Cruiser and sport bike owners have been known to spend big money on all sorts of custom bits for their bikes.
A large chunk of that cash can go for wheels; custom wheels can easily run into the thousands of dollars. But all wheels have to be balanced, and who wants a crummy old hunk o’ lead that was trimmed with a pair of wire cutters glued on your nice, shiny hoops?
But even if you don’t have custom wheels, you’re probably fussy about how your bike looks, and it’s pretty hard to argue that those lead weights do anything for the bike’s appearance. Most people either try not to think about them or ignore them.
My Triumph Thunderbird Sport has some really nice, chrome plated Akront rims — the last of a breed and reminiscent of bikes of old.
I balanced both the back and the front wheel, and while I had them off the bike, I cleaned and polished both wheels, which wasn’t an easy task! It struck me when I re-balanced them and added the weights back on how out of place the little hunks of lead looked on those nice, shiny rims.
Well, here’s a pretty cool solution — MetalArts makes custom cast wheel weights in either flat or spoke styles. Each of these weights are literally miniature works of art.
MetalArts has been in the precision and art metal casting business since 1985, and they make these weights (and some other neat products) using the same processes they use for their art sculptures.
The MetalArts flat weights are made using the same process that coins have been made for hundreds of years. Each design is hand carved and reproduced in a die.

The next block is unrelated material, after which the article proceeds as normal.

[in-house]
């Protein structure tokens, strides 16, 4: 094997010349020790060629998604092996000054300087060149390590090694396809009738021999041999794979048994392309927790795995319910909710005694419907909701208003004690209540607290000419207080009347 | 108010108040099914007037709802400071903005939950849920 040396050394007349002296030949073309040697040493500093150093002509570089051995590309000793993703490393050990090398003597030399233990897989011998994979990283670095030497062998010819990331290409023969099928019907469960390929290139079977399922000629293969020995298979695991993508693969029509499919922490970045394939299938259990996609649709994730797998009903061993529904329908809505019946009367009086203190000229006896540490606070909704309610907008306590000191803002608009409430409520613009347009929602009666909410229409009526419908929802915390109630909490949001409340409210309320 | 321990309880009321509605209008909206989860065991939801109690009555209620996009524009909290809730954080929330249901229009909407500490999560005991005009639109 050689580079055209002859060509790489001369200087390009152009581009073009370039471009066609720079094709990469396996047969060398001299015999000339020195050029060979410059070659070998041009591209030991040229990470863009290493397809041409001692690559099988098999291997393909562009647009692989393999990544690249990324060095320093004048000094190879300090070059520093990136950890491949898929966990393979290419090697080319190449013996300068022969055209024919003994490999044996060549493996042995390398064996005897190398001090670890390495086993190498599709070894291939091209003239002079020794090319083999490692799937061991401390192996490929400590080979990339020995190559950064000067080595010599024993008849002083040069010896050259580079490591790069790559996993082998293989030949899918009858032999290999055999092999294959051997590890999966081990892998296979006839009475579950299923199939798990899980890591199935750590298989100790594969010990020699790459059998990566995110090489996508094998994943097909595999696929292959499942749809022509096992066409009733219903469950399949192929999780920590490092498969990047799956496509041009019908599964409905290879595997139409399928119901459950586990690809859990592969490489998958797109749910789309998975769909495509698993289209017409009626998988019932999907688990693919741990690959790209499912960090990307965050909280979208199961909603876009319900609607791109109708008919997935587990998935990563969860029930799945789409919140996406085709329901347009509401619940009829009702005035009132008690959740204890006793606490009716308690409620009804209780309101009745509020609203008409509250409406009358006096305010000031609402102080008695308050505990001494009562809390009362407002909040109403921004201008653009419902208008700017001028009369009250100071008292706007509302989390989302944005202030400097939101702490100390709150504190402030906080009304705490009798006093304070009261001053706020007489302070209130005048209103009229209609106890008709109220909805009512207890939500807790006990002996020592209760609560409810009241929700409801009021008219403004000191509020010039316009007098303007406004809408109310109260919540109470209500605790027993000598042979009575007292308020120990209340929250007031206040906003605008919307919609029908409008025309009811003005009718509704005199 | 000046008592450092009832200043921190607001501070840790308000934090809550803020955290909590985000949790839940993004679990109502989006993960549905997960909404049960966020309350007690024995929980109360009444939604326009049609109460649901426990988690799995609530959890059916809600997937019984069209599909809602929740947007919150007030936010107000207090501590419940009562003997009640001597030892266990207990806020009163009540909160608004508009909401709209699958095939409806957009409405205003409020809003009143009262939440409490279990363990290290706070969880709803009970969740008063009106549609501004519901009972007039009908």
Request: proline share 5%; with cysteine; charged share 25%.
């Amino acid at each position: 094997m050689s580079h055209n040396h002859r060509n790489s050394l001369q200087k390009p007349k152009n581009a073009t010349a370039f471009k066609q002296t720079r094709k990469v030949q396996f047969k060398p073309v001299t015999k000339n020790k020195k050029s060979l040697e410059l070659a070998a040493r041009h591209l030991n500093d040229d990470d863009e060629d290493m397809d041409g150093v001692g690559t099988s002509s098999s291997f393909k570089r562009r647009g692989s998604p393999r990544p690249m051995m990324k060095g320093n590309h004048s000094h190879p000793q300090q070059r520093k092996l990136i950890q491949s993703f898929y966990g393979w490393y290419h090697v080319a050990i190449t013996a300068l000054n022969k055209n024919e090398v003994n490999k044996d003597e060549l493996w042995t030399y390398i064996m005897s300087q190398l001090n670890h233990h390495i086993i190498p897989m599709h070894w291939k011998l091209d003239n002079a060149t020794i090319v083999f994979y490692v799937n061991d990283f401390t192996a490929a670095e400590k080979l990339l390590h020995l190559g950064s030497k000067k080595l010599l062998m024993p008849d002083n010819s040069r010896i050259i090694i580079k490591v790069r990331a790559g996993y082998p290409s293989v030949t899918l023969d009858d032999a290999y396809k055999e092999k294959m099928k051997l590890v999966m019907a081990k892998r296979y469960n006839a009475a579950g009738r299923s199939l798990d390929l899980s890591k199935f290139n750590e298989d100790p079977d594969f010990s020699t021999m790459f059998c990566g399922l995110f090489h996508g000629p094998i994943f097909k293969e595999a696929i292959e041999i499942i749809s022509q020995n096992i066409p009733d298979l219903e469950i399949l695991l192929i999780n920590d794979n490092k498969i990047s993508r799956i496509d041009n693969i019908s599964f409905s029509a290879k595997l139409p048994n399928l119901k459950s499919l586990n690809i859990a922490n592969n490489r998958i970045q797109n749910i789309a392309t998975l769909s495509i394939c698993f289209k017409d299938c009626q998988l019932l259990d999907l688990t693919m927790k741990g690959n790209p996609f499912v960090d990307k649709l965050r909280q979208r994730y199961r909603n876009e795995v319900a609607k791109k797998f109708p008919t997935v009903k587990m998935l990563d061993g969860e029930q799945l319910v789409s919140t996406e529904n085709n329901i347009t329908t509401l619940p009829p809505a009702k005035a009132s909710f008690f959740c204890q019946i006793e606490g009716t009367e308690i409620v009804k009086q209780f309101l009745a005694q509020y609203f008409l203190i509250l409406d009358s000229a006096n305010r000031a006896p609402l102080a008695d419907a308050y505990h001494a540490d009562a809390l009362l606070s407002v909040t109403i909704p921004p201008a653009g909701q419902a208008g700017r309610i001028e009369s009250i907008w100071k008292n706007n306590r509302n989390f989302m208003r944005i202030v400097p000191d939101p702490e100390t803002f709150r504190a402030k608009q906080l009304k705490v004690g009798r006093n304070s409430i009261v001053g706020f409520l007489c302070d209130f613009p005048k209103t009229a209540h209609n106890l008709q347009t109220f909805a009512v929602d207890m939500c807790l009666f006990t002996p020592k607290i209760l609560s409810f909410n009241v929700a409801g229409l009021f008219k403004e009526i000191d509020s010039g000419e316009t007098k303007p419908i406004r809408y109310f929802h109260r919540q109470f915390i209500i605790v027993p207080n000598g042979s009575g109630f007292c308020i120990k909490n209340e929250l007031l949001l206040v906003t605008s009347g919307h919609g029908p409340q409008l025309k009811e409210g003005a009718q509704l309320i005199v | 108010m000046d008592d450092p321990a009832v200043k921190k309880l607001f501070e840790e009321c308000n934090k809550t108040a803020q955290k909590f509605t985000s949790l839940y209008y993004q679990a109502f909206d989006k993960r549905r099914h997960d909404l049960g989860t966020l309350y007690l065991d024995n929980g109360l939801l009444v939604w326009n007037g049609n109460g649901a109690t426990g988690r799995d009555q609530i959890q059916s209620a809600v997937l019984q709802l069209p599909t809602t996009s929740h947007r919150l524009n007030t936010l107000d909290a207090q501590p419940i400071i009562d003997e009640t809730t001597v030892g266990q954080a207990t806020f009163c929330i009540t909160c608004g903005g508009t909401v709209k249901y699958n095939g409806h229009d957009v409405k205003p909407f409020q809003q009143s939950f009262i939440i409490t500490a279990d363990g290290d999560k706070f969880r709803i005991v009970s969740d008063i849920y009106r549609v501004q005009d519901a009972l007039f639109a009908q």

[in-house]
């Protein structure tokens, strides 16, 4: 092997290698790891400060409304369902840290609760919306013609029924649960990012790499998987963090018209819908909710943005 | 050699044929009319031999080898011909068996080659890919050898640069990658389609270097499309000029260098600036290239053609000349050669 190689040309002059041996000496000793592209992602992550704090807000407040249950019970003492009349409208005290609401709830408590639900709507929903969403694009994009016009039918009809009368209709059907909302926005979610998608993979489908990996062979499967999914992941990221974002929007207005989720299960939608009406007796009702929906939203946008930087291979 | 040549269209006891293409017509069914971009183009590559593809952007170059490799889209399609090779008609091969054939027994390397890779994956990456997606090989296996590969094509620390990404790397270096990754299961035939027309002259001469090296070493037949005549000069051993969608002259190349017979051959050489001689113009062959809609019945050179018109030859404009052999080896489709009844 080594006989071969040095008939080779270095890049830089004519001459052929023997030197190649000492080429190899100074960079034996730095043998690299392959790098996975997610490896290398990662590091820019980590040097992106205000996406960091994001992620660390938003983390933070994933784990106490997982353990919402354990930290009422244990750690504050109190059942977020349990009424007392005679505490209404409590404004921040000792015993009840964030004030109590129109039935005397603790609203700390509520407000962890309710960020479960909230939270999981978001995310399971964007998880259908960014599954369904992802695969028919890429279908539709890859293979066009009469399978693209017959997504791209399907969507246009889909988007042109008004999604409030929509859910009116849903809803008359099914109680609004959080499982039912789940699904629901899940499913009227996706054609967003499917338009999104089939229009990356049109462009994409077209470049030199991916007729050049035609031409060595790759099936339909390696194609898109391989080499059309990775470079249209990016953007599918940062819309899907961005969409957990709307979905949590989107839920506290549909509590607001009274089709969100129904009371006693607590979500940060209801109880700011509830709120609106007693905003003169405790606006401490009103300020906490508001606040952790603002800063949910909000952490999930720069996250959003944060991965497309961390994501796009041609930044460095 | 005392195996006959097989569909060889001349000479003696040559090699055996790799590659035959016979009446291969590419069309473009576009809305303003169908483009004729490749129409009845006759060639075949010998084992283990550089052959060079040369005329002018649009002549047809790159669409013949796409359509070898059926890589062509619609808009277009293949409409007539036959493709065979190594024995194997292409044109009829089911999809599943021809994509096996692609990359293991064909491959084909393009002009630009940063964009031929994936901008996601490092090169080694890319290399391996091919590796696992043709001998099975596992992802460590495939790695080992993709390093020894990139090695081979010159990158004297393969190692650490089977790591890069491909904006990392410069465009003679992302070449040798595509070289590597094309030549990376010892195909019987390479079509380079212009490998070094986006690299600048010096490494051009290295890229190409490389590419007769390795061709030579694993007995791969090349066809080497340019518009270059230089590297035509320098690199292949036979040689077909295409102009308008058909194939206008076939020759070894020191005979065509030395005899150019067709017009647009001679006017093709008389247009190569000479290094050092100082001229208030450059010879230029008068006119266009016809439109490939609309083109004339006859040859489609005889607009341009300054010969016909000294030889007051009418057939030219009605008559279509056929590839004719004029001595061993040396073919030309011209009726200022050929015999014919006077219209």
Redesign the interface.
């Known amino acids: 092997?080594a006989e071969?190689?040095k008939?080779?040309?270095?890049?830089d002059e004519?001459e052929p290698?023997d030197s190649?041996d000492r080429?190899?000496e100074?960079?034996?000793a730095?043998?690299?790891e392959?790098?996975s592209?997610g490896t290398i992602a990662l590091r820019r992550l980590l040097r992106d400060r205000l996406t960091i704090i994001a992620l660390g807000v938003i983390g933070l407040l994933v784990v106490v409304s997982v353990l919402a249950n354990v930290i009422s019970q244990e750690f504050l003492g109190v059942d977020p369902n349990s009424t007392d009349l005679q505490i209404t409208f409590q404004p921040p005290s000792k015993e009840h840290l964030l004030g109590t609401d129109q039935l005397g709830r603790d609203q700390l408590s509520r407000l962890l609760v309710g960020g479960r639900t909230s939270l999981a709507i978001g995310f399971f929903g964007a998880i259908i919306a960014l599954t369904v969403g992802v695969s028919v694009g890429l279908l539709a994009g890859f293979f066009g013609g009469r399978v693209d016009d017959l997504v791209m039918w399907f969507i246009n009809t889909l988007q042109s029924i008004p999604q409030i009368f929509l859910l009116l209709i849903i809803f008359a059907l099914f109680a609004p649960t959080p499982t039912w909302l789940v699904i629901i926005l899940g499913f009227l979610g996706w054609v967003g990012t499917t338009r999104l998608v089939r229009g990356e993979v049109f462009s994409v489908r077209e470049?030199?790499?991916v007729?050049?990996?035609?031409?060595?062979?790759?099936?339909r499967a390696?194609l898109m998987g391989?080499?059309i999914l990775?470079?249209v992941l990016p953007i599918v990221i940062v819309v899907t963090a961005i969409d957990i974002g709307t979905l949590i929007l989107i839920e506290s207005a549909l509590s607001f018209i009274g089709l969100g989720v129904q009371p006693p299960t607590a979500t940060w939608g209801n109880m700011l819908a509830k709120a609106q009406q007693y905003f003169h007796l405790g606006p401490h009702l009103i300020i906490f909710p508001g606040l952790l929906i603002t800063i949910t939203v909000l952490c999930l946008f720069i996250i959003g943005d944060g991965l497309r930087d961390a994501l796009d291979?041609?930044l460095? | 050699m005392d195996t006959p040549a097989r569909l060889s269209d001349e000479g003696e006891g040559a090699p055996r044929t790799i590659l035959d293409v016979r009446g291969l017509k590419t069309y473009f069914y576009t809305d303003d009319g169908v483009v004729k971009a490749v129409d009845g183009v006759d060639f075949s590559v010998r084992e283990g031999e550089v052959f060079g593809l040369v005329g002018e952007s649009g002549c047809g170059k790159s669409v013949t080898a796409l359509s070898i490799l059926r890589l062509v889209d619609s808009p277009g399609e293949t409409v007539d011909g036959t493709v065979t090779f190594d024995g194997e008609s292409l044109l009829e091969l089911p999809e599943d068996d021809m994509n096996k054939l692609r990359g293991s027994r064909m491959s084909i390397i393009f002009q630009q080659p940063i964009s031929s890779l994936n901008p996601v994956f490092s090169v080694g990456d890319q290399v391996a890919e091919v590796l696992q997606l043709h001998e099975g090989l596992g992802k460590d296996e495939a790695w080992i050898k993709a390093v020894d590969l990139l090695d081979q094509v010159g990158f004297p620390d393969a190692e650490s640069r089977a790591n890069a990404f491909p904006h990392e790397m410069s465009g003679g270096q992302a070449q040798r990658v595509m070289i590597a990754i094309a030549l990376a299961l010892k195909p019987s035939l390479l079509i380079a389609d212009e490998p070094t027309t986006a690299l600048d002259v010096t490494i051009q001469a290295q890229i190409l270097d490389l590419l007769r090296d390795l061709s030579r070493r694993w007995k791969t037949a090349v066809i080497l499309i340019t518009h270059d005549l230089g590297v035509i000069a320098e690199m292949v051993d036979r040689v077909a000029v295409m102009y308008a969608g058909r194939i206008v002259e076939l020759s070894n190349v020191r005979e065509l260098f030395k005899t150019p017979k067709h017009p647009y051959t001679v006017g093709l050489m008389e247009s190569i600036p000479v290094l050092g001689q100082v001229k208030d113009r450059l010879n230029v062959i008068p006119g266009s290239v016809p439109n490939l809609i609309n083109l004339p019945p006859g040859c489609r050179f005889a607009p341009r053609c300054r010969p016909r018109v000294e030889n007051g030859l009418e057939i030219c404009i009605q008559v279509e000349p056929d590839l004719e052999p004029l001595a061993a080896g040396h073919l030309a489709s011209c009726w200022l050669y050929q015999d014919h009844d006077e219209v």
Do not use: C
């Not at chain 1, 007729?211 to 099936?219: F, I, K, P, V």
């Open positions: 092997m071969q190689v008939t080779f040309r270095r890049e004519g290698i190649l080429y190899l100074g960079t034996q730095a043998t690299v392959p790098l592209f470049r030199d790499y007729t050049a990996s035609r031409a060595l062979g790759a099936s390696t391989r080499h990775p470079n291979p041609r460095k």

The process, dies and presses are used to “mint” these weights is just like the one used by good ol’ Uncle Sammy. In fact, the press actually belonged to the U.S. Treasury, and was used to strike coins at the San Francisco Mint!
The MetalArts “Spoke Dancer” weights are designed to clamp on the spokes of the wheel. I had plain old lead spoke weights on my Thunderbird Sport, because I think they at least look a bit better than the flat stick-ons.
The MetalArts spoke weights are made using a precision investment casting process, based on the ancient “lost wax” casting process, which was developed literally thousands of years ago and is still used today for precision, low volume metal casting, especially in the jewelry industry.
A lot of work is involved in the lost wax process, from the initial design of the part, through several casting steps, and involving hand finishing and polishing.
The “Spoke Dancer” crimp-on weights are available in several designs, such as a hog’s head, bullet, a really nice-looking Indian head, eagle, skull (my favorite, see below) and even a couple of R-rated “pole dancers”!
There are other uses for the Spoke Dancers — my wife wants one for her horse’s bridle, you can clamp one on your car’s antenna, on other parts of your bike, or in your car!
The MetalArts weights are just as easy to apply as traditional lead weights. The flat weights come with double-sided tape, and the spoke weights are applied by carefully clamping them on the spoke.
The prices are definitely higher than standard lead wheel weights, but you’re basically buying a work of art! These photos don’t really do justice to the detail, so check out the MetalArts website for more photos. I only hope that my next set of tires need balancing!
Product Comments: A cool solution for those ugly lead wheel weights! Hand made, custom cast motorcycle wheel weights. Available either as flat stick-ons or “Spoke Dancers” and in chrome or gold plate; all weights are hand polished.